About Us - Eileen's
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Steve Barringer:

Food For Thought

My first experience around food came when I was five. I remember – and always will – going over to my granny’s bungalow in Totternhoe for Sunday Roast. Help was always needed in the kitchen, especially with the creation of Yorkshire Puddings – flour would always fly around the room if I was involved.

My granny had a real passion for food. She would use meat from her local butchers and make her own jams and marmalade to accompany the raft of desserts and cakes which would be served up after the main meal, whether we were full or not.

The family Sunday Lunch was always something I looked forward to. It was fun and obviously delicious. I believe that to create something special in the kitchen you need that enjoyment. If you put all your love into it you will get the rewards back. From that first point of preparing Yorkshires I was in love with food and all it stood for: fun, family and flavour.

The thing I found most exciting about cooking wasn’t just the food itself or the consumption of it, it was the experience and how it brought everyone together. It soon became clear to me that food was a major part of family life. My granny also worked in her local pub’s kitchen and my mum used to cook at the village primary school which my brother and I attended in Westoning.

Gradually I was learning what cooking meant and how it was done. I was intrigued at how simple ingredients such as flour, eggs, butter and sugar could be combined to make the most delightful Victoria sponge. I’d be transfixed beside the oven, watching it rise majestically from the tin. As I began my own experiments in our kitchen, I was learning at a young age that not everything would work out how you’d want or expect. Why wasn’t the end product like the recipe promised?

Eggs might be smaller, flour might be finer, and ovens might be hotter. It was frustrating at the time but, as I would go on to find out, experimenting in the kitchen is one of the most rewarding things when you concoct something special – occasionally by accident!

It was when I was in year 10 at school that knew which direction I wanted my career to go. When I was asked what kind of work experience I wanted to do during year 10 work placement, I explained I was interested in becoming a chef. And that’s where it all began.


I was a nervous, shy, but excited 15 year old that was sent to Flitwick Manor, a restaurant which was a five minute drive from our home at the time. I remember going into the kitchen and meeting the head chef Richard Walker, together with his loyal group of chefs. Once I witnessed them at work I knew I hadn’t a clue of what they were doing, but it all heightened my interest in becoming one of them. Desperate to learn the art and how to be involved, Richard showed me how to chop for the first time. After one day in the kitchen I came home to my parents and told them I wanted to be a chef.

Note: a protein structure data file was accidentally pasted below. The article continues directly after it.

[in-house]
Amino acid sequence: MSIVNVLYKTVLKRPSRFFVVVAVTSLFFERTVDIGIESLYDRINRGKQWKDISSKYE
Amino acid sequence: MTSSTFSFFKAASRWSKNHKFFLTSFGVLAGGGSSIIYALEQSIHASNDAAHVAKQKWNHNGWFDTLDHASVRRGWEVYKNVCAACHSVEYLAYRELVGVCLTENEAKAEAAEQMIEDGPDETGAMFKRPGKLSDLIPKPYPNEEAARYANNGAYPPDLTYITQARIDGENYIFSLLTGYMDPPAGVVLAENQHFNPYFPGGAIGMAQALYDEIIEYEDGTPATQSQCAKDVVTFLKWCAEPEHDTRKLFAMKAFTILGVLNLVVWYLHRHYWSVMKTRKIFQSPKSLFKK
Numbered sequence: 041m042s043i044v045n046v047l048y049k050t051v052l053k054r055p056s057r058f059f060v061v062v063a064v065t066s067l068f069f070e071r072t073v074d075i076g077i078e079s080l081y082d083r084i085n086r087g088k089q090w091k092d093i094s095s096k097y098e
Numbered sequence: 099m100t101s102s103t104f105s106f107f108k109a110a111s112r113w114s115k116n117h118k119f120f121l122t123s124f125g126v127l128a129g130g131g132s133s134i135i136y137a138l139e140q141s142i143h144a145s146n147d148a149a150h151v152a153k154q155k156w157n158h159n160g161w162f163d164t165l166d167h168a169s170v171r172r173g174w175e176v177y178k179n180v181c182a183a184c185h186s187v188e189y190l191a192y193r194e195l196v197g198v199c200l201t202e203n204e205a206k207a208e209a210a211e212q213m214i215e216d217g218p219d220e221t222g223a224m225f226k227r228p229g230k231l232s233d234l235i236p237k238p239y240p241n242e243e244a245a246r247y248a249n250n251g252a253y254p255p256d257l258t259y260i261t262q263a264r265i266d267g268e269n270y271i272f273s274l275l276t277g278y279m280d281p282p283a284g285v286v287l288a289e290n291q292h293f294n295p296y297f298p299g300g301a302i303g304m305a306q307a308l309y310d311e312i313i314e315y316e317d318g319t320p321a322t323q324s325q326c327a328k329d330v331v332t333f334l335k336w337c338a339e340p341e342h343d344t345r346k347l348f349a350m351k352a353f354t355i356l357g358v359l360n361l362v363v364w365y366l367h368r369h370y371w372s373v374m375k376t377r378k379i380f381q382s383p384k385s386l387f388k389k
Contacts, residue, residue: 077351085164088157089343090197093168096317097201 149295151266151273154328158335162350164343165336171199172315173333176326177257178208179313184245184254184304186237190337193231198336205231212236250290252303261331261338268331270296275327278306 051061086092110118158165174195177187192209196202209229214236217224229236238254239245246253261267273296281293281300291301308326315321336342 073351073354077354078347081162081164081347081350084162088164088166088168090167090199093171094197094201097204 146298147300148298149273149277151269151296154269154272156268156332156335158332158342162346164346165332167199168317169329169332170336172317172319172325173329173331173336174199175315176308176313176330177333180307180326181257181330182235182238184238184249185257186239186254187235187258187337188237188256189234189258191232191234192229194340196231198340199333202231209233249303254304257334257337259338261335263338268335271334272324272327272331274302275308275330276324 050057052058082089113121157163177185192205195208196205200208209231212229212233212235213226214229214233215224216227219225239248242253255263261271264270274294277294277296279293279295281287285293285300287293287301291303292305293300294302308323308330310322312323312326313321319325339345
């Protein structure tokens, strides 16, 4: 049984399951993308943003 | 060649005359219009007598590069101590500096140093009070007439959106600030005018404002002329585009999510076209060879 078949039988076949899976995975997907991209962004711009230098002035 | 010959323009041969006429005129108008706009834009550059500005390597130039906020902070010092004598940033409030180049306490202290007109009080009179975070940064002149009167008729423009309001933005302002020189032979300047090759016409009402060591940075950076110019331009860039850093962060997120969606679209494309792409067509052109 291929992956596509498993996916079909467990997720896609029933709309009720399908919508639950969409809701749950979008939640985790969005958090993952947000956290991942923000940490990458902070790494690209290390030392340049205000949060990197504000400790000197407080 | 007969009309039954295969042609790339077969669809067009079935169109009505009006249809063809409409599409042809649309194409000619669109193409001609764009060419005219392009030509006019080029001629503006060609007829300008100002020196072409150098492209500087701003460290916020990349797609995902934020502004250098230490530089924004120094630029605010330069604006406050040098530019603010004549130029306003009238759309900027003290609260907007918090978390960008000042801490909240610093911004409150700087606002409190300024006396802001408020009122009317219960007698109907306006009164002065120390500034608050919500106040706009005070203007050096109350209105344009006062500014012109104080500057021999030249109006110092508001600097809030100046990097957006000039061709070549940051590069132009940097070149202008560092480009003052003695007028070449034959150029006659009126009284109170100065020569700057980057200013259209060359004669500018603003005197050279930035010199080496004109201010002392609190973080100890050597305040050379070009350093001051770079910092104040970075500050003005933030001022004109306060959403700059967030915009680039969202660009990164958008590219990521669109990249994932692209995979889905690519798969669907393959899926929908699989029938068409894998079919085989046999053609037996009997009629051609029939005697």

The idea of a practical job, where I’d always continue to learn, really appealed to me. A year later, once I’d turned sixteen, I went back to Flitwick Manor as a kitchen porter. Richard said to me once I’d washed enough pots and pans I could help the pastry section. Believe me those pots and pans were washed in double quick time. I was desperate to show everyone what I could do. I was in awe of the chefs and after successfully helping with a soufflé or town, I was sent back to the sink. Seeing the mountain of pots and pans waiting for me gave me the determination and drive to succeed as a chef.


Having washed and scrubbed my way around the kitchen I was given the opportunity to become a part – time chef at Flitwick Manor. Still a young boy and not yet eighteen, I absolutely loved going into work at the weekends. It gave me a real buzz, whether it was fifty covers in the evening or Breakfast the following morning , I loved every minute of it.
Richard taught me everything, and it was he who told me to go to Barnfield College in Luton to enable me to get the right qualifications. College was okay, but it was the hands-on work in the kitchen with Richard and his team that I craved. The one on one education I received was unbelievable and I am ever so grateful for his time and tuition.


It was fantastic and a privilege to be able to learn from somebody like Richard. After three years of full-time work at Flitwick Manor I had moved to Rushton Hall in Northamptonshire where I worked under another fine chef, Adrian Coulthard. It was Adrian who taught me the complex style of cooking. His approach was to take one ingredient and use it in different ways, and this was something I was really impressed with and hadn’t learned before.


Two years at Rushden Hall followed before I moved to Devon for three years. Why? The idea was to move to a different area of the country, an area famed for its rural style of cooking and fantastic local produce. That was where my development as a chef sky – rocketed.


I’d been around food all my young adult life. I was learning new things all the time and in 2011 I decided to apply to go on Masterchef: The Professionals television programme. To get through the application process and ultimately to the final of the competition, was the greatest achievement of my career to date.
I opened my first business with my Wife